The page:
A weakening of the heart’s ability to pump blood throughout the body causes heart failure. Between 500,000
and 900,000 new cases are diagnosed each year in the United States, making this debilitating ailment the most
common diagnosis in Medicare patients. Even though great strides have been made in effective identification and medical therapy, the prognosis remains poor for people with heart failure and it accounts for 200,000 deaths
annually. Average life expectancy is less than five years in patients with symptomatic heart failure, while 90% of
those with advanced disease have survival rates of a year.
The most common cause of this incapacitating ailment is heart damage due to coronary artery disease or high blood pressure.
When a person has heart failure, quality of life is minimized. Fatigue, shortness of breath, fluid retention, and excessive urination at night are common symptoms. As the ailment progresses, even mild physical activity becomes exhausting. As fluid accumulates in the lower extremities, swelling of the feet, ankles, legs, and abdomen occur. Older people with heart failure may also experience lightheadedness or confusion.
Despite the dramatic improvements in medical care, heart failure is the leading cause of hospitalizations, with more than one million admissions annually. An even larger problem for the health care system is the re-admission rate. More than 27% of heart failure patients return to the hospital for additional care in the month after first leaving the hospital, while 58% are re-admitted over the course of the next six to 12 months. The estimated direct and indirect costs of this extra medical assistance may be as high as $20 billion.
There are many good heart failure medications. What’s been missing, however, has been the critical information to help physicians adjust the medication when necessary to keep the patient healthy—and out of the hospital. But this is all starting to change, thanks to wireless health care and a variety of technology-based remote patient monitoring devices that are now playing a major role in heart failure management.
Better and more affordable technology is helping to ensure patient adherence to medication schedules and the early detection of signs of decompensation, particularly in the early period after hospital discharge. Various sophisticated methods of assessing heart failure control are now in use or in final testing phases, including an implantable, miniature, permanent monitor with communication technologies that measures and transmits daily pulmonary artery pressure levels, a key indicator of heart health.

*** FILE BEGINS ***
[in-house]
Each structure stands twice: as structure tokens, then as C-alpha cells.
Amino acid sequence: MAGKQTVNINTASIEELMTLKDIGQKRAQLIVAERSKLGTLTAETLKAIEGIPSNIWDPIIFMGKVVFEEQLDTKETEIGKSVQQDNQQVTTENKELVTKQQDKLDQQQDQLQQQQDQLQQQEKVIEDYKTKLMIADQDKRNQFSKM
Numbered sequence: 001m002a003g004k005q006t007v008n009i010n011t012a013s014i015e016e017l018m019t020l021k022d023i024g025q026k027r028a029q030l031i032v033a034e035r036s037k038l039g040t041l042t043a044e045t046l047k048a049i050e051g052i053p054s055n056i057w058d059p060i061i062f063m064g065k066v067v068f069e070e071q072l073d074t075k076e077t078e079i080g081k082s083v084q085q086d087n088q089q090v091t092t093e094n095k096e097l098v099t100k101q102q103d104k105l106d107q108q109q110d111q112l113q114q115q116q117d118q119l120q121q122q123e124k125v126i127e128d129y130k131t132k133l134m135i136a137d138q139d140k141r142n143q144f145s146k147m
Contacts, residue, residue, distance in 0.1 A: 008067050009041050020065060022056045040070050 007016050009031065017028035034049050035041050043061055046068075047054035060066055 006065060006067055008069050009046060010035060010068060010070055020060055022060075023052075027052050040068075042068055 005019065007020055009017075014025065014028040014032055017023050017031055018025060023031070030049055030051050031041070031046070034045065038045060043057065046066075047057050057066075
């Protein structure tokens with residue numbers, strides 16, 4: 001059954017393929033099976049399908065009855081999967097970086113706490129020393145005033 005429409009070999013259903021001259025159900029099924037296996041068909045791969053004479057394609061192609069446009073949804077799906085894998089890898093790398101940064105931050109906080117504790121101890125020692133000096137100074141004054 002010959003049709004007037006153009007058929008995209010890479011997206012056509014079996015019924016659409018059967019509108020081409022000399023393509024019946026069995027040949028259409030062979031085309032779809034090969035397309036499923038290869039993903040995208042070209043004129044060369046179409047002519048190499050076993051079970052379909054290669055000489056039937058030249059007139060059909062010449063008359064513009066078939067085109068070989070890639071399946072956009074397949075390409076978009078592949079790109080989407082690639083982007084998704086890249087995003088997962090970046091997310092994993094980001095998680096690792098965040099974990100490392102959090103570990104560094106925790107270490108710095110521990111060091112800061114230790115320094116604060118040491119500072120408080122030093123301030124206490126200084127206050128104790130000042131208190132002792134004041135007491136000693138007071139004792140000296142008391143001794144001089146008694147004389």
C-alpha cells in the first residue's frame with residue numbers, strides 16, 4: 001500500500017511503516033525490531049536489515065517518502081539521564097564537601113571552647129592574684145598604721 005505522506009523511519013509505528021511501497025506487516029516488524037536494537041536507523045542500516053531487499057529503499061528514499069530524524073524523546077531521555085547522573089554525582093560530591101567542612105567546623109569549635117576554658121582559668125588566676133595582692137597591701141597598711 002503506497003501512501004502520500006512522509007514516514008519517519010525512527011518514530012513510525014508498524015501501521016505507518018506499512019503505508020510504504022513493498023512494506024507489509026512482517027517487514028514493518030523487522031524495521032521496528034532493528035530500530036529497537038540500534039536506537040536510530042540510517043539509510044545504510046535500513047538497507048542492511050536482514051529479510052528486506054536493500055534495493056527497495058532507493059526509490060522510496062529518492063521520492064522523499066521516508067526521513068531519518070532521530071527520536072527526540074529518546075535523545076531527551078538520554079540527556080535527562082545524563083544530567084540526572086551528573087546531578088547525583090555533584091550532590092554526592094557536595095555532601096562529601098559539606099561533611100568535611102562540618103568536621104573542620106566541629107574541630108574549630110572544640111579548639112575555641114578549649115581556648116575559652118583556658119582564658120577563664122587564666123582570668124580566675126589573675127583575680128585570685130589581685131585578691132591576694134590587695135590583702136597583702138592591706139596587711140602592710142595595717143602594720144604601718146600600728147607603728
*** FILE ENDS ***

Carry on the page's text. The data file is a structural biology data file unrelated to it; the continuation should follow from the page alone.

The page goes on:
A recent Phase III clinical trial of the novel system in patients with New York Heart Association Class III heart failure showed a 30% reduction in rate of hospitalization after six months and a 38% reduction per year. Approval of this device by the Food and Drug Administration is expected in 2011.
In addition, a variety of sophisticated at-home telehealth monitoring devices are being used at home by patients with heart failure to check and transmit real-time body weight, heart rate, and blood pressure results to a secure database for doctors to review with a smartphone or computer.
By utilizing this important information that’s been gathered remotely at home, hospitalizations can then be avoided by readjusting the patient’s medication. This conveniently improves outcomes, reduces costly re-hospitalizations, significantly improves the quality of life of patients, and lessens the huge financial strain placed on the health care system by heart failure.
Where Are They Now
A weakening of the heart's ability to pump blood throughout the body causes heart failure. Between 500,000 and 900,000 new cases are diagnosed each year in the U.S. Wireless healthcare and a variety of technology-based remote patient monitoring devices are now playing a major role in heart failure management, providing a more effective way for physicians to gain critical information about their patient, to adjust medication when necessary, and keep the patient healthy and out of the hospital. Various sophisticated methods of assessing heart failure control are now in use or in final testing phases, including an implantable, miniature, permanent monitor with communication technologies that measures and transmits daily pulmonary artery pressure levels, a key indicator of heart health.
Currently, about 47% of patients with implantable devices use remote monitoring. This number is expected to grow as remote monitoring can be set up at a regular hospital visit with a device configuration update. The remote patient monitoring market grew by nearly 44 percent in 2016, and the market is currently valued at $31.4 billion. In a 2016 published study that looked at the ‘most wired’ hospitals in the country, a growing percentage of hospitals that employ internet-enables monitoring devices for chronic disease management of congestive heart failure and heart disease was observed.